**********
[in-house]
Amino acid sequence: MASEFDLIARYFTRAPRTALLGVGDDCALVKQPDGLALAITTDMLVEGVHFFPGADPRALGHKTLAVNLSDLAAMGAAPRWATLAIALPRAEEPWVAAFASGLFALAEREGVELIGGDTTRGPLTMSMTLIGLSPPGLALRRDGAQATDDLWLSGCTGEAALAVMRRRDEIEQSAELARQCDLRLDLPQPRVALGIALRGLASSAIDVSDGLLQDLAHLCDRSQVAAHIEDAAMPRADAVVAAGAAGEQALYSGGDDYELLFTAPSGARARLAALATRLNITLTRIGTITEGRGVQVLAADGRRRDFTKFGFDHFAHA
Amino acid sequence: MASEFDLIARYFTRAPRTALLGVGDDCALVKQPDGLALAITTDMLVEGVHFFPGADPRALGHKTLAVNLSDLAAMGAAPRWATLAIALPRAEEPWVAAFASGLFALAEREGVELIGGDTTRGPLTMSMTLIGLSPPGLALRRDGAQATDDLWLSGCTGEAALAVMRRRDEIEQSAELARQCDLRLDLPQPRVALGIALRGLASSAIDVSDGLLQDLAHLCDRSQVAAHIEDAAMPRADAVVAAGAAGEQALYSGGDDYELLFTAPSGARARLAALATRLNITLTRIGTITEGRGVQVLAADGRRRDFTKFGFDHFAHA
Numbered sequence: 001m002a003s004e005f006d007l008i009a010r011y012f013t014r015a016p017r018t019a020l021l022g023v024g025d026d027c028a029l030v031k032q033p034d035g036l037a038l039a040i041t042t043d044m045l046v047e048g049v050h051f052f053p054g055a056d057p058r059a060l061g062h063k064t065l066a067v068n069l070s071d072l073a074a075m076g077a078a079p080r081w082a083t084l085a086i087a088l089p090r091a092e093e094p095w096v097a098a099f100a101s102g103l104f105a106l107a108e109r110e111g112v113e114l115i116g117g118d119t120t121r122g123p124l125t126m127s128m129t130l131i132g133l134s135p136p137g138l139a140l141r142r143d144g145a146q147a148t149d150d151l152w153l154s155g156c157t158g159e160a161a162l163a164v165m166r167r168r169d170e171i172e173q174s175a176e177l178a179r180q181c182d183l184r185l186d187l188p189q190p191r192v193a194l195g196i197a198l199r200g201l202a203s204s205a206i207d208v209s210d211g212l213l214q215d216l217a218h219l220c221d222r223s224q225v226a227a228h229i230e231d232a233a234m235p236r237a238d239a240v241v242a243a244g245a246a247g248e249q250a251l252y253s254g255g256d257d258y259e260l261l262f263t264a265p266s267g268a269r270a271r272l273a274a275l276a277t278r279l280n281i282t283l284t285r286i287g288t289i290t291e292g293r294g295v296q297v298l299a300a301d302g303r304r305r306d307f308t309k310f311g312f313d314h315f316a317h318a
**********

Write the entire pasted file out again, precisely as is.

[in-house]
Amino acid sequence: MASEFDLIARYFTRAPRTALLGVGDDCALVKQPDGLALAITTDMLVEGVHFFPGADPRALGHKTLAVNLSDLAAMGAAPRWATLAIALPRAEEPWVAAFASGLFALAEREGVELIGGDTTRGPLTMSMTLIGLSPPGLALRRDGAQATDDLWLSGCTGEAALAVMRRRDEIEQSAELARQCDLRLDLPQPRVALGIALRGLASSAIDVSDGLLQDLAHLCDRSQVAAHIEDAAMPRADAVVAAGAAGEQALYSGGDDYELLFTAPSGARARLAALATRLNITLTRIGTITEGRGVQVLAADGRRRDFTKFGFDHFAHA
Amino acid sequence: MASEFDLIARYFTRAPRTALLGVGDDCALVKQPDGLALAITTDMLVEGVHFFPGADPRALGHKTLAVNLSDLAAMGAAPRWATLAIALPRAEEPWVAAFASGLFALAEREGVELIGGDTTRGPLTMSMTLIGLSPPGLALRRDGAQATDDLWLSGCTGEAALAVMRRRDEIEQSAELARQCDLRLDLPQPRVALGIALRGLASSAIDVSDGLLQDLAHLCDRSQVAAHIEDAAMPRADAVVAAGAAGEQALYSGGDDYELLFTAPSGARARLAALATRLNITLTRIGTITEGRGVQVLAADGRRRDFTKFGFDHFAHA
Numbered sequence: 001m002a003s004e005f006d007l008i009a010r011y012f013t014r015a016p017r018t019a020l021l022g023v024g025d026d027c028a029l030v031k032q033p034d035g036l037a038l039a040i041t042t043d044m045l046v047e048g049v050h051f052f053p054g055a056d057p058r059a060l061g062h063k064t065l066a067v068n069l070s071d072l073a074a075m076g077a078a079p080r081w082a083t084l085a086i087a088l089p090r091a092e093e094p095w096v097a098a099f100a101s102g103l104f105a106l107a108e109r110e111g112v113e114l115i116g117g118d119t120t121r122g123p124l125t126m127s128m129t130l131i132g133l134s135p136p137g138l139a140l141r142r143d144g145a146q147a148t149d150d151l152w153l154s155g156c157t158g159e160a161a162l163a164v165m166r167r168r169d170e171i172e173q174s175a176e177l178a179r180q181c182d183l184r185l186d187l188p189q190p191r192v193a194l195g196i197a198l199r200g201l202a203s204s205a206i207d208v209s210d211g212l213l214q215d216l217a218h219l220c221d222r223s224q225v226a227a228h229i230e231d232a233a234m235p236r237a238d239a240v241v242a243a244g245a246a247g248e249q250a251l252y253s254g255g256d257d258y259e260l261l262f263t264a265p266s267g268a269r270a271r272l273a274a275l276a277t278r279l280n281i282t283l284t285r286i287g288t289i290t291e292g293r294g295v296q297v298l299a300a301d302g303r304r305r306d307f308t309k310f311g312f313d314h315f316a317h318a